Goat Anti-Poliovirus Polyclonal Antibody
GOAT ANTI-POLIOVIRUS POLYCLONAL ANTIBODY
Goat anti Poliovirus polyclonal antibody IgG fraction is purified from goat anti-serum for use in immunoassay development.
PRODUCT DETAILS – GOAT ANTI-POLIOVIRUS POLYCLONAL ANTIBODY
- Goat anti Poliovirus polyclonal antibody.
- Reacts with multiple antigens of Poliovirus type 1, 2, and 3.
- The IgG fraction is purified from goat anti-serum to >95% purity.
- Presented in PBS, pH 7.2 with 0.1% sodium azide.
The species Enterovirus C (formerly named Human enterovirus C) consists of 23 (sero)types, including poliovirus (PV) 1, PV2, and PV3. Enterovirus C is the type species of the genus Enterovirus (Brown et al., 2003). Wild poliovirus type 2 was declared eradicated in 2015 (CDC, 2019).
Poliovirus, the causative agent of polio (also known as poliomyelitis). Poliovirus is composed of an RNA genome and a protein capsid. The genome is a single-stranded positive-sense RNA genome that is about 7500 nucleotides long. The nonenveloped viral particle is about 30 nm in diameter with icosahedral symmetry (Hogle, 2002). There are three serotypes of poliovirus (PV1, PV2, and PV3) and each have a slightly different capsid protein. Capsid proteins define cellular receptor specificity and virus antigenicity. PV1 is the most common form encountered in nature; however, all three forms are extremely infectious. Poliovirus can affect the spinal cord and cause poliomyelitis.
Poliovirus is structurally similar to other human enteroviruses (coxsackieviruses, echoviruses, and rhinoviruses), which also use immunoglobulin-like molecules to recognize and enter host cells. Poliovirus infects human cells by binding to an immunoglobulin-like receptor, CD155 (also known as the poliovirus receptor or PVR) on the cell surface. Interaction of poliovirus and CD155 facilitates an irreversible conformational change of the viral particle necessary for viral entry. The particle is taken up by endocytosis and immediately after internalization, the viral RNA is released (Mendelsohn et al., 1989; Brandenburg et al., 2007). Poliovirus mRNA is translated as one long polypeptide. This polypeptide is then autocleaved by internal proteases into about 10 individual viral proteins. Fully assembled poliovirus leaves the host cell by lysis 4 to 6 hours following initiation of infection in cultured mammalian cells releasing up to 10,000 polio virions per cell (Kew et al., 2005).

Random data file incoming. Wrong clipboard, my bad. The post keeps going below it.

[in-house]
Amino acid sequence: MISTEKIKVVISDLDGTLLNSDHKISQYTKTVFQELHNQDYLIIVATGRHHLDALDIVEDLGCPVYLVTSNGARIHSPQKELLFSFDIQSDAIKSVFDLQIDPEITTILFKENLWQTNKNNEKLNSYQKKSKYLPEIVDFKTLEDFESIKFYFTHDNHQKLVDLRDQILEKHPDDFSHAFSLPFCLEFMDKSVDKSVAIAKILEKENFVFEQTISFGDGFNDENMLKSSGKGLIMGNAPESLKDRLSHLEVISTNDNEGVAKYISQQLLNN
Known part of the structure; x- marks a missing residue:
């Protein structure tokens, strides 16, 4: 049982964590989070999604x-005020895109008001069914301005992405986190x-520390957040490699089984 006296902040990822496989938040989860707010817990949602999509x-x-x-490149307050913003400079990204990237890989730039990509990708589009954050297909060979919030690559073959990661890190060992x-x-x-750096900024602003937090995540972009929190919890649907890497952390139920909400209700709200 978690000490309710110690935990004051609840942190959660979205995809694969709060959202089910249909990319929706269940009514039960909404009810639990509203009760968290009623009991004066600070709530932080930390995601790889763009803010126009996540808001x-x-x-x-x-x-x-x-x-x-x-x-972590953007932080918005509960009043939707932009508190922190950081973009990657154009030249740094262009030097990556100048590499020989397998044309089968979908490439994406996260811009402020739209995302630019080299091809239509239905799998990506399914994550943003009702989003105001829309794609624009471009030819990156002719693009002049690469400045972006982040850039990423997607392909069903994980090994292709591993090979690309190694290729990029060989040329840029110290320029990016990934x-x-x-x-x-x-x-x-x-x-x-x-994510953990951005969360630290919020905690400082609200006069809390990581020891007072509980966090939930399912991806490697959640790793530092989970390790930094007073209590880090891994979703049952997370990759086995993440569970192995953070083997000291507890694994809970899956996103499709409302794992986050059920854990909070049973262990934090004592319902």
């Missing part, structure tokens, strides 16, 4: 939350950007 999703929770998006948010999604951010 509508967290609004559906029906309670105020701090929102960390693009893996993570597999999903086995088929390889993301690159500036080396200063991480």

In humans, poliovirus is ingested, and replicates in cells of the gastrointestinal tract. Newly synthesized virus particles are released into the intestine and shed in the feces. Transmission of poliovirus to another human occurs through contact with virus-containing feces or contaminated water. After multiplying in the gastrointestinal tract, poliovirus may enter the spinal cord and brain. Destruction of motor neurons by the virus leads to limb paralysis.
Two vaccines were developed in the 1950s that can effectively prevent the disease – inactivated poliovaccine (IPV, developed by Jonas Salk) and live, oral poliovaccine (OPV, developed by Albert Sabin). Inactive polio vaccine is prepared by formalin inactivation of three wild, virulent reference strains, Mahoney or Brunenders (PV1), MEF-1/Lansing (PV2), and Saukett/Leon (PV3). Oral polio vaccine contains live attenuated (weakened) strains of the three serotypes of poliovirus. Passaging the virus strains in monkey kidney epithelial cells introduces mutations in the viral IRES, and hinders (or attenuates) the ability of the virus to infect nervous tissue (Kew et al., 2005).
- Brandenburg et al. (2007). Imaging poliovirus entry in live cells. PLOS Biology. 5 (7): e183.
- Brown et al. (2003). Complete genomic sequencing shows that polioviruses and members of human enterovirus species C are closely related in the noncapsid coding region. J. Virol. 77: 8973-8984.
- Centers for Disease Control (CDC). Polio Disease and Poliovirus. July 15, 2019.
- Hogle J (2002). Poliovirus cell entry: common structural themes in viral cell entry pathways. Annu Rev Microbiol. 56: 677–702.
- Kew et al. (2005). Vaccine-derived polioviruses and the endgame strategy for global polio eradication. Annu Rev Microbiol. 59: 587–635.
- Mendelsohn et al. (1989). Cellular receptor for poliovirus: molecular cloning, nucleotide sequence, and expression of a new member of the immunoglobin superfamily. Cell. 56 (5): 855–865.